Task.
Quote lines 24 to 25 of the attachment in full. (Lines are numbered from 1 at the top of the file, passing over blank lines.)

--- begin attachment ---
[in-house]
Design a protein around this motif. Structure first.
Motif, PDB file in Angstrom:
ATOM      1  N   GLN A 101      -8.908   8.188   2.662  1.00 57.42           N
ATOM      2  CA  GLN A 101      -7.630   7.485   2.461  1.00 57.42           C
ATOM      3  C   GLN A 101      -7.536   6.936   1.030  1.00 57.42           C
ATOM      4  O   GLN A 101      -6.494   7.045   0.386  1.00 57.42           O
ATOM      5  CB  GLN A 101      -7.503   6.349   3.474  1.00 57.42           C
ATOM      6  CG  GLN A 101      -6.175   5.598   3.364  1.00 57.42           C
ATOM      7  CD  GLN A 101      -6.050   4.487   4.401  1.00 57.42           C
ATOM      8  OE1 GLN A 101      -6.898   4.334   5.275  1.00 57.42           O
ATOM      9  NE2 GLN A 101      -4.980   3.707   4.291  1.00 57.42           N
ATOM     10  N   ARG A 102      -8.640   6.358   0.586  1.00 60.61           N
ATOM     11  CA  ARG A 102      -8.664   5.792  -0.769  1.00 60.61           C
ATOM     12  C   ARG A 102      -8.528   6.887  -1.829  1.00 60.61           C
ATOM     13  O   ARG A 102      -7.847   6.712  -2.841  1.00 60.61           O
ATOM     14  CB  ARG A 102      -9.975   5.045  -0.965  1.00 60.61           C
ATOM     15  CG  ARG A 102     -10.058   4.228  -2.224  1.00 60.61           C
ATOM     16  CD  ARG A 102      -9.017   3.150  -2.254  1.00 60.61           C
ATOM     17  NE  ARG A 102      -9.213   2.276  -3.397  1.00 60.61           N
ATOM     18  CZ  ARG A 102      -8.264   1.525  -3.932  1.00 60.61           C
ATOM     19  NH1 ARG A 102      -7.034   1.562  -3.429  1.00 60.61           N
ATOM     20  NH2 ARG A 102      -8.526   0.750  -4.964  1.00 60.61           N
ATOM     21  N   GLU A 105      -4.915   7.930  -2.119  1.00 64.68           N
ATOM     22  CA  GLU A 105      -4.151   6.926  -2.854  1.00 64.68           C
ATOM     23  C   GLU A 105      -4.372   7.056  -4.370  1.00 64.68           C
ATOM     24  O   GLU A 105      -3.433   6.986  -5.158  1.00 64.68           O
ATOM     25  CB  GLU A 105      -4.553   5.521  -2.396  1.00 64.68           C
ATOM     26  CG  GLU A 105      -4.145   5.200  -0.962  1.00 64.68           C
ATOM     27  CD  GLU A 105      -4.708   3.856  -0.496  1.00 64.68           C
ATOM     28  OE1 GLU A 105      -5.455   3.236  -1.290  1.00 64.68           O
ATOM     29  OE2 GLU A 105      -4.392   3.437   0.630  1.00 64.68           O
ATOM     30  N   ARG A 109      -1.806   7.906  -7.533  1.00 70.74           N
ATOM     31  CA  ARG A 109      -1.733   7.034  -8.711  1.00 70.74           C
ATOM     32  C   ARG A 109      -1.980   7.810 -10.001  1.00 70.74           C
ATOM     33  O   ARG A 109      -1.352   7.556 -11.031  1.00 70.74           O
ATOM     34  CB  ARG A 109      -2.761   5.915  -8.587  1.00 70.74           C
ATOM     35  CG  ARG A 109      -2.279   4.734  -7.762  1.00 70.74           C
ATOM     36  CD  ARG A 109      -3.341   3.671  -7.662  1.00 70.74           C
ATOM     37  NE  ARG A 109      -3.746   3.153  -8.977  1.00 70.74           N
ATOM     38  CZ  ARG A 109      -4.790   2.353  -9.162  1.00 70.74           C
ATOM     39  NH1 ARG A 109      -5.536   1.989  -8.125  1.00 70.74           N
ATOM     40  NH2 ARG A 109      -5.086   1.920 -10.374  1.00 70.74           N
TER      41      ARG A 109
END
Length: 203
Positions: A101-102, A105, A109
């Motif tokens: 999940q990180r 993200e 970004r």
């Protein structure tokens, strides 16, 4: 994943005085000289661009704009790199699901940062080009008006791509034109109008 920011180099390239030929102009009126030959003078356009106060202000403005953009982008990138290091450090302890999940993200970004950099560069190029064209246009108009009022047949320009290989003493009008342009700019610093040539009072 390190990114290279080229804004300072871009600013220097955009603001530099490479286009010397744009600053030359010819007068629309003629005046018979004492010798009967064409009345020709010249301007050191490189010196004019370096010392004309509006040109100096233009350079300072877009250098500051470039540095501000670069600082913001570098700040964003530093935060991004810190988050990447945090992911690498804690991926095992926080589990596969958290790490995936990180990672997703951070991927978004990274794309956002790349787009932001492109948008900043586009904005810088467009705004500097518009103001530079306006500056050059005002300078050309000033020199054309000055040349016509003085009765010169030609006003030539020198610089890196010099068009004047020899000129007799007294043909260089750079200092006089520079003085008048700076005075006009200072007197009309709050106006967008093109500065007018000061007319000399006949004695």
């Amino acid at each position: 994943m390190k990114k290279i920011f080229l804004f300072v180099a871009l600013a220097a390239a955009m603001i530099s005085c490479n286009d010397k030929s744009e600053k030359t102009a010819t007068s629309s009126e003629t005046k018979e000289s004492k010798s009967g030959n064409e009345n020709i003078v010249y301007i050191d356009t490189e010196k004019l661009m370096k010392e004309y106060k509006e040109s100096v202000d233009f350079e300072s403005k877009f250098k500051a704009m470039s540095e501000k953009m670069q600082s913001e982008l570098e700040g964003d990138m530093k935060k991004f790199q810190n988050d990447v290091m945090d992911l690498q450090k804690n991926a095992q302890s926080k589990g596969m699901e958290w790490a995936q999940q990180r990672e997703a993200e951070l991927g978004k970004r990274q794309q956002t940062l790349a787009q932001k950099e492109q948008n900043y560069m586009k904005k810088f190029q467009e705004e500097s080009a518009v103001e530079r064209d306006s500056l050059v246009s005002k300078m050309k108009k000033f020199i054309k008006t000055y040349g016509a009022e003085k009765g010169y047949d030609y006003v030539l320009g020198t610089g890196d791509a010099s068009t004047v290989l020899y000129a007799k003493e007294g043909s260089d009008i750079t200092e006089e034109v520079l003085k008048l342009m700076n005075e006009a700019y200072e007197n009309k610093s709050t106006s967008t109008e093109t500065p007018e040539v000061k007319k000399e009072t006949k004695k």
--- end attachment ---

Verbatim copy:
ATOM     21  N   GLU A 105      -4.915   7.930  -2.119  1.00 64.68           N
ATOM     22  CA  GLU A 105      -4.151   6.926  -2.854  1.00 64.68           C